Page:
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Protecting carbon to destroy forests: Land enclosures and REDD+

A new report by Carbon Trade Watch takes a detailed and critical look at REDD from the perspective of land enclosures. “REDD+ will not stop deforestation,” the report argues. Rather than addressing the root causes of deforestation, REDD promotes the argument that environmental destruction in one location can be ‘compensated’ in another. As such, REDD reinforces underlying causes of deforestation.

The report, titled “Protecting carbon to destroy forests: Land enclosures and REDD+”, can be downloaded here (pdf file, 1.3 MB). The report is edited by Transnational Institute, FDCL and FIAN.

The report points out that rather than putting pressure on corporations to clean up their acts or support local struggles, REDD,

gives forest destroyers a way to legitimize their actions as environmentally ‘friendly’ or ‘carbon neutral’. Far from positioning itself as an ally to the many local groups that have preserved forested lands most strongly, REDD+ tends to silence debates about the unjust realities surrounding corporate pressures on land tenure regimes.

The report looks into some of the vested interests in REDD: corporations involved in monoculture plantations, large-scale agribusiness, industrial logging, hybrid seeds, extractive industries, and financial investment banks. REDD provides these corporations a “green cloak” to evade their responsibility for forest destruction. “There are in consequence no ‘fixes’ for these structural features,” the report argues, “they are inherent to REDD+”:

Groups trying to influence REDD+ believe that it could be fixed if independent financial mechanisms outside of the carbon markets were used instead, such as taxes or other public funds. This paper aims to provide a historical background and experiences on the ground in order to further the argument that because land and nature enclosures are central to its operation, REDD+ cannot be fixed.

The report quotes Folker Franz, then-senior environmental adviser for BusinessEurope, a European corporate lobby group, speaking to IPS. Franz argues that greater use of forest credits “would be the way to go to save the world. If we see people profit from this, then let them profit, so long as it stops deforestation in Indonesia and Brazil”. Carbon Trade Watch points out that this “apparent apolitical ‘logic’ seeks (intentionally or not) to detach the process of profit accumulation from a system dependent on extraction and dispossession of mainly Indigenous Peoples, small farmers, traditional communities and forest-dependent peoples”.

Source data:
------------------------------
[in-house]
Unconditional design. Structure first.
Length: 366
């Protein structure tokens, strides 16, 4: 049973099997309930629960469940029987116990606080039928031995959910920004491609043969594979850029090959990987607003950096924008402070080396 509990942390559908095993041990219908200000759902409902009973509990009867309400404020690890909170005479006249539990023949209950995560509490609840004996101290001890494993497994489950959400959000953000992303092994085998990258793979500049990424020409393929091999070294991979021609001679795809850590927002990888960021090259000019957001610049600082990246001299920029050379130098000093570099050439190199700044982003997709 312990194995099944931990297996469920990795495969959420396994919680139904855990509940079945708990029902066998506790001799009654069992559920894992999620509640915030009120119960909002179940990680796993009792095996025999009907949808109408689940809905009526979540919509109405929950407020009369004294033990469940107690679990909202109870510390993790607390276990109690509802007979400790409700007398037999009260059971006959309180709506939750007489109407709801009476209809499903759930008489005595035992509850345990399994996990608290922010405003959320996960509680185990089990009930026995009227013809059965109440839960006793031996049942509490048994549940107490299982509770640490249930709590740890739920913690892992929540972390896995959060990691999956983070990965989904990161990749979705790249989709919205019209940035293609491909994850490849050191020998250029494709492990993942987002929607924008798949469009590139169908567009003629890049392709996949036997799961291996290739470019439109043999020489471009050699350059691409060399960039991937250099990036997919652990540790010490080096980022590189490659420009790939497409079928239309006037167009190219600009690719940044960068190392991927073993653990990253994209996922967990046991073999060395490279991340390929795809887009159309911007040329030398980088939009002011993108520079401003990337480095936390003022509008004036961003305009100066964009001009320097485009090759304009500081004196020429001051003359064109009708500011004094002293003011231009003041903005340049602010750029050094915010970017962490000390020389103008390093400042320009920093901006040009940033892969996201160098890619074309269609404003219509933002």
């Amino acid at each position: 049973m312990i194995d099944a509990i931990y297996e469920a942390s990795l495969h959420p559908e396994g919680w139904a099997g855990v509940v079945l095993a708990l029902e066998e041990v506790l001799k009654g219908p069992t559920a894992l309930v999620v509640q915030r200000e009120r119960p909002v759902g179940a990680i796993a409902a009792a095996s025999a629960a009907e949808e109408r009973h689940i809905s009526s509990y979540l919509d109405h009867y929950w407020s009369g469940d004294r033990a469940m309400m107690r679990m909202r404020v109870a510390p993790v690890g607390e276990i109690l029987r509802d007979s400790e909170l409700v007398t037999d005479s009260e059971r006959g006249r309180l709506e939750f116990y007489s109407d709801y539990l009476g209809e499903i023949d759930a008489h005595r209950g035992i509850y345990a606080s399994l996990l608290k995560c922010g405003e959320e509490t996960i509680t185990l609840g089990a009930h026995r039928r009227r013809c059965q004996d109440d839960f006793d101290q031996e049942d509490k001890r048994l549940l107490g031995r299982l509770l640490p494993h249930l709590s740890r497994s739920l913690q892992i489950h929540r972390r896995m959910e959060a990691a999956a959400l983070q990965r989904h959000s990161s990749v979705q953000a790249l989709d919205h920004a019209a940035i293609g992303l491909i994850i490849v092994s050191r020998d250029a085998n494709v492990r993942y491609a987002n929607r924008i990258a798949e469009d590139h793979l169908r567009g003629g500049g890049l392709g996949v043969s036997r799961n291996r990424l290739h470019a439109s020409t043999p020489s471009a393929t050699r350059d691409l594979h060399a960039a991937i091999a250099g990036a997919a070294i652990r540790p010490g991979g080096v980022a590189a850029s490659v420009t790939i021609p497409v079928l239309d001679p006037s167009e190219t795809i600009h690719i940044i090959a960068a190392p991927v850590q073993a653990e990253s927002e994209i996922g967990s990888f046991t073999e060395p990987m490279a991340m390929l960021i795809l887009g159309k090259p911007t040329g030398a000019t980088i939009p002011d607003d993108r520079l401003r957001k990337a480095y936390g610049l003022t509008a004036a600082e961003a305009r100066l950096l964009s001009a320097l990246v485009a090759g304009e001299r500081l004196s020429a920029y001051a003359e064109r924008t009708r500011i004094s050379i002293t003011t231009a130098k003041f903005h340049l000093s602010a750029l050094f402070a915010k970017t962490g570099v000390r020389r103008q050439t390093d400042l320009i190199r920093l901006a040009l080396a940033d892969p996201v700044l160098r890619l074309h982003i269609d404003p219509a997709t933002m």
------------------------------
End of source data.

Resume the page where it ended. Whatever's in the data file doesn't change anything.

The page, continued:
The reality is that REDD is taking place at the same time as a massive expansion of agribusiness in the global South. In 2012, GRAIN released a data set documenting 416 land grabs by foreign investors, covering a total area of almost 35 million hectares. Agribusiness companies have expanded rapidly since the food and financial crises of 2008. The result is that food production is being taken out of the control of local communities. In the report, GRAIN states that,

While most of the 298 land grabbers documented are from the agribusiness sector, financial companies and sovereign wealth funds are responsible for about a third of the deals. And on many occasions there is overlap. For instance, the data set shows how Cargill, one of the world’s largest agribusiness companies, has been acquiring hundreds of thousands of hectares of farmland through its hedge fund Black River Asset Management.

While REDD proponents argue that REDD can help local communities and indigenous peoples to establish land rights, Carbon Trade Watch is concerned that, “The prospect of carbon credits appears as a major incentive for establishing other types of land enclosures.” The danger is that REDD focusses on the carbon stored in forests and separates this from broader rights to forests and lands. Associated with developments in satellite and infrared technology, Carbon Trade Watch argues that REDD carbon measured has a “dark side”:

Technologies capable of detecting changes in forest biomass (trees and vegetation) necessarily lead to increased surveillance not only of the biomass but also of the whole forest, as well as the local populations who live there. With all these new assets on the line, forest enforcement is stepping up to ‘protect’ carbon.

This sort of problem can already be clearly seen in The Nature Conservancy’s Guaraqueçaba REDD project in southeastern Brazil, where local communities’ livelihoods have been severely impacted by the project.

Carbon Trade Watch notes that there are parallels between REDD and the Structural Adjustment Programmes imposed to establish neoliberal economies in Southern countries. The ‘adjustments’ associated with REDD relate to environmental, land and forest laws, with countries urged to advance legislation for assuring the provision of carbon credits:

In this way, REDD+ reinforces historical inequalities based on exclusion and racism along with unjust juridical frameworks to leave pressing deforestation and forest degradation problems to the supply and demand of carbon credits under corporate control.

PHOTO Credit: Indigenous Environmental Network.

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  1. No more destroy forest……we should protect.